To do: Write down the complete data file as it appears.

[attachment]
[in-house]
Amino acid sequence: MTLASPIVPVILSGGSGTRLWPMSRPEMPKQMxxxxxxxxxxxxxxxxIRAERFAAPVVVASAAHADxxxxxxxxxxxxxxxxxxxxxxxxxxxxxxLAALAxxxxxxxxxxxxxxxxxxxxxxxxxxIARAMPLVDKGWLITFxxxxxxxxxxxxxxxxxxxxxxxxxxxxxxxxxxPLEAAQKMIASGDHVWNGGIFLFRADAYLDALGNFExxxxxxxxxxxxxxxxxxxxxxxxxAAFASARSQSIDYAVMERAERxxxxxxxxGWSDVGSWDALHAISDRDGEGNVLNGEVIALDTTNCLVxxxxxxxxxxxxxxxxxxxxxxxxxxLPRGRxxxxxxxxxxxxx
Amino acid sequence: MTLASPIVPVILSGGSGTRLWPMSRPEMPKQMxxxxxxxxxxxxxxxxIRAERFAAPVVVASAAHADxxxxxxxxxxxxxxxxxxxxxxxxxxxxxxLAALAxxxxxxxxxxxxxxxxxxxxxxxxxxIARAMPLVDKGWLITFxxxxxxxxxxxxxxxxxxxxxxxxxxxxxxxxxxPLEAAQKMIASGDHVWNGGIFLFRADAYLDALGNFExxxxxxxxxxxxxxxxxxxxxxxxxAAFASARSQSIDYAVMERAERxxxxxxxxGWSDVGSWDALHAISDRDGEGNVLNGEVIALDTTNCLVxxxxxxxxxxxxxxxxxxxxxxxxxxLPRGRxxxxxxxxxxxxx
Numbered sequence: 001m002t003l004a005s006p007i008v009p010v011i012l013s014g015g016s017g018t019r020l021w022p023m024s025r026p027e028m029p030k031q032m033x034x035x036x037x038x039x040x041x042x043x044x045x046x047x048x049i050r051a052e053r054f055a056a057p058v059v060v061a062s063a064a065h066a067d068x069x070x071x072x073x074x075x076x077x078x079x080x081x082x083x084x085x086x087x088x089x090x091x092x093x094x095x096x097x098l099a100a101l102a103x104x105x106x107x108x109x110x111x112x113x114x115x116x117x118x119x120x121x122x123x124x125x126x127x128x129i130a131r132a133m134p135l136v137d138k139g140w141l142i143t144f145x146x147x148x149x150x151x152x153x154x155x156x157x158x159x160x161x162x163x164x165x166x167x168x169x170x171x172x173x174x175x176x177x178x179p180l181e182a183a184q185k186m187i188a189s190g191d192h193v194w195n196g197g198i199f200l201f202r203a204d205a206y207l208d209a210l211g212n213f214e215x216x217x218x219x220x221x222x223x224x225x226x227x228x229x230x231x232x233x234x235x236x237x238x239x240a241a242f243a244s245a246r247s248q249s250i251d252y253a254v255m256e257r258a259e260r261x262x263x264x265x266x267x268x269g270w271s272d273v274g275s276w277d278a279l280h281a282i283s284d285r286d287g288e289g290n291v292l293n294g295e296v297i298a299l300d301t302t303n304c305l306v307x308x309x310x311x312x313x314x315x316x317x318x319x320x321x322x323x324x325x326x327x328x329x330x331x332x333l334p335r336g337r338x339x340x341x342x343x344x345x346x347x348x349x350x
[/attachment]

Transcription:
[in-house]
Amino acid sequence: MTLASPIVPVILSGGSGTRLWPMSRPEMPKQMxxxxxxxxxxxxxxxxIRAERFAAPVVVASAAHADxxxxxxxxxxxxxxxxxxxxxxxxxxxxxxLAALAxxxxxxxxxxxxxxxxxxxxxxxxxxIARAMPLVDKGWLITFxxxxxxxxxxxxxxxxxxxxxxxxxxxxxxxxxxPLEAAQKMIASGDHVWNGGIFLFRADAYLDALGNFExxxxxxxxxxxxxxxxxxxxxxxxxAAFASARSQSIDYAVMERAERxxxxxxxxGWSDVGSWDALHAISDRDGEGNVLNGEVIALDTTNCLVxxxxxxxxxxxxxxxxxxxxxxxxxxLPRGRxxxxxxxxxxxxx
Amino acid sequence: MTLASPIVPVILSGGSGTRLWPMSRPEMPKQMxxxxxxxxxxxxxxxxIRAERFAAPVVVASAAHADxxxxxxxxxxxxxxxxxxxxxxxxxxxxxxLAALAxxxxxxxxxxxxxxxxxxxxxxxxxxIARAMPLVDKGWLITFxxxxxxxxxxxxxxxxxxxxxxxxxxxxxxxxxxPLEAAQKMIASGDHVWNGGIFLFRADAYLDALGNFExxxxxxxxxxxxxxxxxxxxxxxxxAAFASARSQSIDYAVMERAERxxxxxxxxGWSDVGSWDALHAISDRDGEGNVLNGEVIALDTTNCLVxxxxxxxxxxxxxxxxxxxxxxxxxxLPRGRxxxxxxxxxxxxx
Numbered sequence: 001m002t003l004a005s006p007i008v009p010v011i012l013s014g015g016s017g018t019r020l021w022p023m024s025r026p027e028m029p030k031q032m033x034x035x036x037x038x039x040x041x042x043x044x045x046x047x048x049i050r051a052e053r054f055a056a057p058v059v060v061a062s063a064a065h066a067d068x069x070x071x072x073x074x075x076x077x078x079x080x081x082x083x084x085x086x087x088x089x090x091x092x093x094x095x096x097x098l099a100a101l102a103x104x105x106x107x108x109x110x111x112x113x114x115x116x117x118x119x120x121x122x123x124x125x126x127x128x129i130a131r132a133m134p135l136v137d138k139g140w141l142i143t144f145x146x147x148x149x150x151x152x153x154x155x156x157x158x159x160x161x162x163x164x165x166x167x168x169x170x171x172x173x174x175x176x177x178x179p180l181e182a183a184q185k186m187i188a189s190g191d192h193v194w195n196g197g198i199f200l201f202r203a204d205a206y207l208d209a210l211g212n213f214e215x216x217x218x219x220x221x222x223x224x225x226x227x228x229x230x231x232x233x234x235x236x237x238x239x240a241a242f243a244s245a246r247s248q249s250i251d252y253a254v255m256e257r258a259e260r261x262x263x264x265x266x267x268x269g270w271s272d273v274g275s276w277d278a279l280h281a282i283s284d285r286d287g288e289g290n291v292l293n294g295e296v297i298a299l300d301t302t303n304c305l306v307x308x309x310x311x312x313x314x315x316x317x318x319x320x321x322x323x324x325x326x327x328x329x330x331x332x333l334p335r336g337r338x339x340x341x342x343x344x345x346x347x348x349x350x